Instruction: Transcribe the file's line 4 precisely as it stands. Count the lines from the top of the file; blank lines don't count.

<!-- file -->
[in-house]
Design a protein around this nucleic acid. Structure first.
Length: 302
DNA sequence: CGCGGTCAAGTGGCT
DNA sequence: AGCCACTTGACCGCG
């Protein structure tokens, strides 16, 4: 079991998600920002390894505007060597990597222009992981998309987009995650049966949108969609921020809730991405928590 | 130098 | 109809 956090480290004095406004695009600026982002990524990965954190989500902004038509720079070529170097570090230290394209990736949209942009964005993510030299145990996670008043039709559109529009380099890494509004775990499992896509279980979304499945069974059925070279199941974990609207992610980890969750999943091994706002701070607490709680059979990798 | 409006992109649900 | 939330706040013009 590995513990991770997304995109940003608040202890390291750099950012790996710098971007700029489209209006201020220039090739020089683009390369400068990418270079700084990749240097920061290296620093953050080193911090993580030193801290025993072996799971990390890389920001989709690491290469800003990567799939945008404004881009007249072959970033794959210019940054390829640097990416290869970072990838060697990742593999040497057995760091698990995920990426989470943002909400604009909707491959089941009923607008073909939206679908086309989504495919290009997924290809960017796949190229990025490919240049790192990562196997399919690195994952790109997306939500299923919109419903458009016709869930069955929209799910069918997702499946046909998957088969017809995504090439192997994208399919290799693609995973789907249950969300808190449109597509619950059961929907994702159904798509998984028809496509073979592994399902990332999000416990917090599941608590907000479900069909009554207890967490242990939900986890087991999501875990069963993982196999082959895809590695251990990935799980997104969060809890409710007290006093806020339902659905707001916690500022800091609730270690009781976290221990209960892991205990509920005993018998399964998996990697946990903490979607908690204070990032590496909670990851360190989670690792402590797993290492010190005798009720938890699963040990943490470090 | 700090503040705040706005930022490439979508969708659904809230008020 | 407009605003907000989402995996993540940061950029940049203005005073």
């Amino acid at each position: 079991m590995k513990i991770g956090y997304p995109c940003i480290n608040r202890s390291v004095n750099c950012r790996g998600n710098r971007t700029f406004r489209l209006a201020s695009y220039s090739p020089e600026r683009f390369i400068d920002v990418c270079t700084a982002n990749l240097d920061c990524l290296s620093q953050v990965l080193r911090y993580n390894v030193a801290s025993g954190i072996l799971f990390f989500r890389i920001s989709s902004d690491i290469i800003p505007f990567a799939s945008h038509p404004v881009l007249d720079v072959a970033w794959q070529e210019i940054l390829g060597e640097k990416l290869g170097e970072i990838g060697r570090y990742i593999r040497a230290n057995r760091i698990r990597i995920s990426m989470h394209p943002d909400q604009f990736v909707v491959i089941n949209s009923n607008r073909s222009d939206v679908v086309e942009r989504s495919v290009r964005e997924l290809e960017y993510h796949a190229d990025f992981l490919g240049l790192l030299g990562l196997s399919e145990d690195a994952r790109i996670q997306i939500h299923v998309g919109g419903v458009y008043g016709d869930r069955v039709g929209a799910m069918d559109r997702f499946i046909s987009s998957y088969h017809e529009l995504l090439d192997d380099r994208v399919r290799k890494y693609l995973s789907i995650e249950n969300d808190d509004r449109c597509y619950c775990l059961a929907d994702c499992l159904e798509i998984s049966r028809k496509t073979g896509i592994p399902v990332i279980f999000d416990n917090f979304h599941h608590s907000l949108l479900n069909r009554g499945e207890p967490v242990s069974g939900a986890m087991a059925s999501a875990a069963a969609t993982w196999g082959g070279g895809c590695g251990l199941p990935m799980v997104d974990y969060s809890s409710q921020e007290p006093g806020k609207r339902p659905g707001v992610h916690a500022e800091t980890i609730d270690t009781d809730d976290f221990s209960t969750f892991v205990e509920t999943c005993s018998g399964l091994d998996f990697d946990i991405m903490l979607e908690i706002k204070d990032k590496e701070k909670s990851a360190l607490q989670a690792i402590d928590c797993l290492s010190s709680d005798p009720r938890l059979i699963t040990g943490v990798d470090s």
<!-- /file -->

DNA sequence: CGCGGTCAAGTGGCT